Monthly Archives: June 2013

“The hurrier I go, the behinder I get.” AKA Queue Theory

Early Queue theory? ”The hurrier I go, the behinder I get.” – Lewis Carroll

The 401 highway is my favourite example of the problem with Queues. At 100% of capacity it can take easily 3 hours to travel from Waterloo to Toronto.  At low capacity it can be done in ~1hr15minutes. Same route, same distance ~1/3 the time.

Sometimes to make a drink that is not full of garbage I mix Sunwarrior and Vega and pour it into my water bottle with a funnel. I noticed that if I just dump the powder into the funnel it clogs. If I sprinkle it in being careful to stay below a certain threshold I am done far faster than dump and fix the clog. Many times faster actually.

Based on the mathematical models (my personal experience verifies it) at about  65% of capacity things start to slow down. The more you try to cram work in the longer it takes to get done. It starts doubling quickly to the point that even a tiny addition halves the throughput.

So explain to me then how pushing for more work to get done makes things faster?

by Michael Badali

Limit Work in Progress

Most of us think  that if you answer the phone while typing an email scribble a note and feed the baby you are getting more done. There is lots of data to disprove that but also ask yourself, have you ever been annoyed at someone while they were time slicing you?

In fact task switching and context switching are major forms of waste  AND also sources of error. Getting in the groove is a type of concentration that is invaluable. The opposite of writers block if you will.

Try a simple test: get your team together, each person except one has a piece of paper and the exception has a pen. Each person in turn hands the paper to the ‘scribe’ and the scribe writes the persons name and hands it back, then takes from the next person until complete. How long did that take?

Then try this but instead of writing the person’s name just write the first letter cycling through the group then back to the first person and write the second letter etc…

How long did that take?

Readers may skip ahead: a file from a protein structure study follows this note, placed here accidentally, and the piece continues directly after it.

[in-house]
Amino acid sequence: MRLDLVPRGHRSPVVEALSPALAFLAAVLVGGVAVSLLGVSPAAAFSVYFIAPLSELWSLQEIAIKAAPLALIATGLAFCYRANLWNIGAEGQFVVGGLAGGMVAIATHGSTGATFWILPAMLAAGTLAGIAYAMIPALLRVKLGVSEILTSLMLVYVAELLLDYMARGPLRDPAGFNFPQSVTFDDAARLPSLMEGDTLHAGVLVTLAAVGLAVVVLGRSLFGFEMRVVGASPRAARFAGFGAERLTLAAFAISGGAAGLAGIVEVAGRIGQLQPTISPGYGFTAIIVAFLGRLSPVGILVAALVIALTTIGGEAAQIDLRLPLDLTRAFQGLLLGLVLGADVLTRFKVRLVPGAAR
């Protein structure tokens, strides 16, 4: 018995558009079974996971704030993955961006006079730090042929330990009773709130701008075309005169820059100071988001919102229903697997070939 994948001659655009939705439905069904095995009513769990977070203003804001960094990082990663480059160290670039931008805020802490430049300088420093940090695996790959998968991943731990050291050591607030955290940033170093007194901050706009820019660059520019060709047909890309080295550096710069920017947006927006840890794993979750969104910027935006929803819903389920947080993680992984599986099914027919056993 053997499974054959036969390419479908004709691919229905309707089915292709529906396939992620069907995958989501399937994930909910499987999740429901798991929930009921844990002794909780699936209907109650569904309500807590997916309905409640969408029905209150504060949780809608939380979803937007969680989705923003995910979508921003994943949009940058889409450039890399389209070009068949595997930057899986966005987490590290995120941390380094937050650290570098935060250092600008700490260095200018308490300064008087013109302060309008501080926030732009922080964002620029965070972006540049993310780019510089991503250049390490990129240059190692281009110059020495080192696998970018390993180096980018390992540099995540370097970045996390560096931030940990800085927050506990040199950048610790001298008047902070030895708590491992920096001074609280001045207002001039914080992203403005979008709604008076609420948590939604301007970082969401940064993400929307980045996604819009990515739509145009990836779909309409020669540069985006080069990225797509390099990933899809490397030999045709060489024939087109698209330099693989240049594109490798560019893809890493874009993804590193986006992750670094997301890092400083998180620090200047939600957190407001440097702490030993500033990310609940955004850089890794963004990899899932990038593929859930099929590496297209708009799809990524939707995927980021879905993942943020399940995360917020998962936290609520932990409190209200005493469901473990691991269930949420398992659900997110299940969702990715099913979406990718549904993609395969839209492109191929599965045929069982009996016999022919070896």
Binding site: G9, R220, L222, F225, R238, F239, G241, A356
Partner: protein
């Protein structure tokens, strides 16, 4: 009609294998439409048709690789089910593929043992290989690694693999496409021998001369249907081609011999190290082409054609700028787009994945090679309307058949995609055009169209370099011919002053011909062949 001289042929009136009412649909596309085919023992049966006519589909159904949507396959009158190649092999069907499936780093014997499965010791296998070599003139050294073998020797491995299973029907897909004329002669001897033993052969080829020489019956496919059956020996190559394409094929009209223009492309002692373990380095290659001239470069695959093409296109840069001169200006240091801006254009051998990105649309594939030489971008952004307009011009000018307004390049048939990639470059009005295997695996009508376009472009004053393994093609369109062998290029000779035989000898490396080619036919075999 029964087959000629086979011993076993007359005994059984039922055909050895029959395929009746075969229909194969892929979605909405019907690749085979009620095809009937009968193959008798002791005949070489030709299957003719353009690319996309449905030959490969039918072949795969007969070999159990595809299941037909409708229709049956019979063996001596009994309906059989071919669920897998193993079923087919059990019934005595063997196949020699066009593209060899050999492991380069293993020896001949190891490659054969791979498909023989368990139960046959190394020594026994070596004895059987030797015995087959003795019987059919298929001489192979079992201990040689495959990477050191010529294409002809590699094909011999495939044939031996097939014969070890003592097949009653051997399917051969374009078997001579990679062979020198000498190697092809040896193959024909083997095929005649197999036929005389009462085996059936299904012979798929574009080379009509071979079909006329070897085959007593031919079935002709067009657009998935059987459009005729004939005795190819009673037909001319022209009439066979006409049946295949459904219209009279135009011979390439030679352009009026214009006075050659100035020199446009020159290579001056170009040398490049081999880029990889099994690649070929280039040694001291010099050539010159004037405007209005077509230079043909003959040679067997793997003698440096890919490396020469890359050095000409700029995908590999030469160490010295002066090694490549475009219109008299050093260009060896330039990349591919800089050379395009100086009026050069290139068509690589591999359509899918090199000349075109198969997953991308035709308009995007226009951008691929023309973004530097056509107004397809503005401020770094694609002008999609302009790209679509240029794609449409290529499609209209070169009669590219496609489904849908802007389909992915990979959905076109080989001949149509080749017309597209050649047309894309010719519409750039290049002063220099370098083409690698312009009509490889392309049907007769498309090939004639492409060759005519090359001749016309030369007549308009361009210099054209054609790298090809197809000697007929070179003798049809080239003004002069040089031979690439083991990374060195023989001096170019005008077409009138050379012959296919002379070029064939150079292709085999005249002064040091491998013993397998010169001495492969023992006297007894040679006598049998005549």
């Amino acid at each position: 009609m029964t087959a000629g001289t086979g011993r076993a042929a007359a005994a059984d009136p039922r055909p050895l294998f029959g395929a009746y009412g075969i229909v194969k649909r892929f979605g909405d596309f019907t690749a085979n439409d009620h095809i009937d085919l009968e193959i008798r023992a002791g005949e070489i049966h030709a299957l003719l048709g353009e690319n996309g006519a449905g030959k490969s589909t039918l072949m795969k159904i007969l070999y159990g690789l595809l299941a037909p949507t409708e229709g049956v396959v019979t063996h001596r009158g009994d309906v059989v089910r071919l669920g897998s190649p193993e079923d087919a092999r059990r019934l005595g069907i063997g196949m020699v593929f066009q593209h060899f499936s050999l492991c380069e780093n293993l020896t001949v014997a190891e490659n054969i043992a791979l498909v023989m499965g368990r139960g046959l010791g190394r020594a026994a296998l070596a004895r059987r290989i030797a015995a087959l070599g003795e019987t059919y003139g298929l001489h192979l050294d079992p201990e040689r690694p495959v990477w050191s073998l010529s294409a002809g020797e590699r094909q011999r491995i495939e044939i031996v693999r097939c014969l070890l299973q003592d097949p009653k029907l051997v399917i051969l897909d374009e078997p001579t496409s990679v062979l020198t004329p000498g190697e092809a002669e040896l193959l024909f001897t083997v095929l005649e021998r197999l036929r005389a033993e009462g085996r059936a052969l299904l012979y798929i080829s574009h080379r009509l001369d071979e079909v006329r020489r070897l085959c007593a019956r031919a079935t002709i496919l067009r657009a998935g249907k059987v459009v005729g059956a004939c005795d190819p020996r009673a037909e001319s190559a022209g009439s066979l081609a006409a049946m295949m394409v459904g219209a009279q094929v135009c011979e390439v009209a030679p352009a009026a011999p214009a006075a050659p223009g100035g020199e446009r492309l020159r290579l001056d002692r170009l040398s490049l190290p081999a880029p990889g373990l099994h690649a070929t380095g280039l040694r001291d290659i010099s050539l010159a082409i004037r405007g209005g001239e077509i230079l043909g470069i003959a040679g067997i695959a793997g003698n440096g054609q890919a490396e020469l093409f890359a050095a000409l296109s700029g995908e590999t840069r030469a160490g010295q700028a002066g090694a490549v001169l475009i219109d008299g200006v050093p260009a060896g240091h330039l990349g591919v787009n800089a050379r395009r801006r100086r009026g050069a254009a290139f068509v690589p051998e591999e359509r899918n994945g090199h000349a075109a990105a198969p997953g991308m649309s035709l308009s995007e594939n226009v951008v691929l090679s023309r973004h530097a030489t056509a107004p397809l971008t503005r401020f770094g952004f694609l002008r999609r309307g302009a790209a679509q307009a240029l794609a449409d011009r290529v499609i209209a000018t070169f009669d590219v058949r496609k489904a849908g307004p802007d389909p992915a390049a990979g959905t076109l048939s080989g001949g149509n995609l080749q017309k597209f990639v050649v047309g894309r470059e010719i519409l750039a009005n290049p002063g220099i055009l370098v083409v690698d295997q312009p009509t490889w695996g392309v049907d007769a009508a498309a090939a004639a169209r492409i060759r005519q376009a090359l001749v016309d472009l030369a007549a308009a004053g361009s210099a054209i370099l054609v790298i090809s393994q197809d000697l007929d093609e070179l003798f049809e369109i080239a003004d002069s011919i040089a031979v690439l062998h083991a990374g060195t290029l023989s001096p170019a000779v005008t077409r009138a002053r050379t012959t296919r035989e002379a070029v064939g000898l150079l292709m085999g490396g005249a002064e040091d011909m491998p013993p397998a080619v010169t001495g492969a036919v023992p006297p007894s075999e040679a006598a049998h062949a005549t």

In my experience about 3 times as long.

Also, most people tend to work on the easy task and not the one of highest Value.

“We’ve already seen that multitasking on the road is the equivalent of drinking and driving. Other research cited by Medina shows that people who are interrupted – and therefore have to switch their attention back and forth – take 50% longer to accomplish a task, and make up to 50% more errors. -

by Michael Badali

Visualize the Work Flow

Why is this so important?

It serves as an Information Radiator. All you want to know in one place, updated easily, accessible, digestible. No more lengthy status meetings. Status is live and available 24/7. Blocked tasks are plainly visible as well as the duration of the blockage.  Time and energy  can now be spent on solving problems and producing Value.

Now that you can see the Value stream mapping you can look for opportunities to improve the workflow. This involves removing Waste and moving from the current state to a desired future state.

Through Continuous Improvement you will reduce your Time to Market which you will reduce your costs, improve market position and delight your customer.

by Michael Badali



Art theory teaches us that the spaces, the emptiness in what you create is  important.

True in workflow as well. One aspect of Lean is focusing on what not to do.

by Michael Badali

Empty Cup

Before you begin any learning I recommend keeping the following in mind:

A university professor went to visit a famous Zen master. While the master quietly served tea, the professor talked about Zen. The master poured the visitor’s cup to the brim, and then kept pouring. The professor watched the overflowing cup until he could no longer restrain himself. “It’s overfull! No more will go in!” the professor blurted. “You are like this cup,” the master replied, “How can I show you Zen unless you first empty your cup.”

by Michael Badali